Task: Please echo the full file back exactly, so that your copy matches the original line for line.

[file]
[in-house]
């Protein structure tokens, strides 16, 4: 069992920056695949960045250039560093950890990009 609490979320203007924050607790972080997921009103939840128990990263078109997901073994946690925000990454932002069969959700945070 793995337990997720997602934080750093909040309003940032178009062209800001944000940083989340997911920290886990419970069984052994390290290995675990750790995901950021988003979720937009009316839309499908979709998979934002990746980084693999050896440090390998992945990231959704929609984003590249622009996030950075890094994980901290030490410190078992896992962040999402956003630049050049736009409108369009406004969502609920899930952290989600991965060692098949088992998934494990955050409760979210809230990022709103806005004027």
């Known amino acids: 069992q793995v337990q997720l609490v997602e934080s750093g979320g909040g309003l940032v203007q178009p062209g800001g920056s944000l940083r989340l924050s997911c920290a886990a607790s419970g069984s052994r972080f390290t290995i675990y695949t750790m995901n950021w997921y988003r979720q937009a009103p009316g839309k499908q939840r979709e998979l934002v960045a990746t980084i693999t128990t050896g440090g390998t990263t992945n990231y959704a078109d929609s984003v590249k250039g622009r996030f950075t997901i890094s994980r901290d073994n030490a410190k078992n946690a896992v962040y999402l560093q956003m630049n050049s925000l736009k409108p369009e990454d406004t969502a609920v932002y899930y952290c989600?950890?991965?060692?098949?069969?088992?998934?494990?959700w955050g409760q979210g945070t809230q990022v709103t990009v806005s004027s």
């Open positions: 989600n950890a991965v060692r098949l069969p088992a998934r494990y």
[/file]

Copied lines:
[in-house]
């Protein structure tokens, strides 16, 4: 069992920056695949960045250039560093950890990009 609490979320203007924050607790972080997921009103939840128990990263078109997901073994946690925000990454932002069969959700945070 793995337990997720997602934080750093909040309003940032178009062209800001944000940083989340997911920290886990419970069984052994390290290995675990750790995901950021988003979720937009009316839309499908979709998979934002990746980084693999050896440090390998992945990231959704929609984003590249622009996030950075890094994980901290030490410190078992896992962040999402956003630049050049736009409108369009406004969502609920899930952290989600991965060692098949088992998934494990955050409760979210809230990022709103806005004027």
């Known amino acids: 069992q793995v337990q997720l609490v997602e934080s750093g979320g909040g309003l940032v203007q178009p062209g800001g920056s944000l940083r989340l924050s997911c920290a886990a607790s419970g069984s052994r972080f390290t290995i675990y695949t750790m995901n950021w997921y988003r979720q937009a009103p009316g839309k499908q939840r979709e998979l934002v960045a990746t980084i693999t128990t050896g440090g390998t990263t992945n990231y959704a078109d929609s984003v590249k250039g622009r996030f950075t997901i890094s994980r901290d073994n030490a410190k078992n946690a896992v962040y999402l560093q956003m630049n050049s925000l736009k409108p369009e990454d406004t969502a609920v932002y899930y952290c989600?950890?991965?060692?098949?069969?088992?998934?494990?959700w955050g409760q979210g945070t809230q990022v709103t990009v806005s004027s």
């Open positions: 989600n950890a991965v060692r098949l069969p088992a998934r494990y």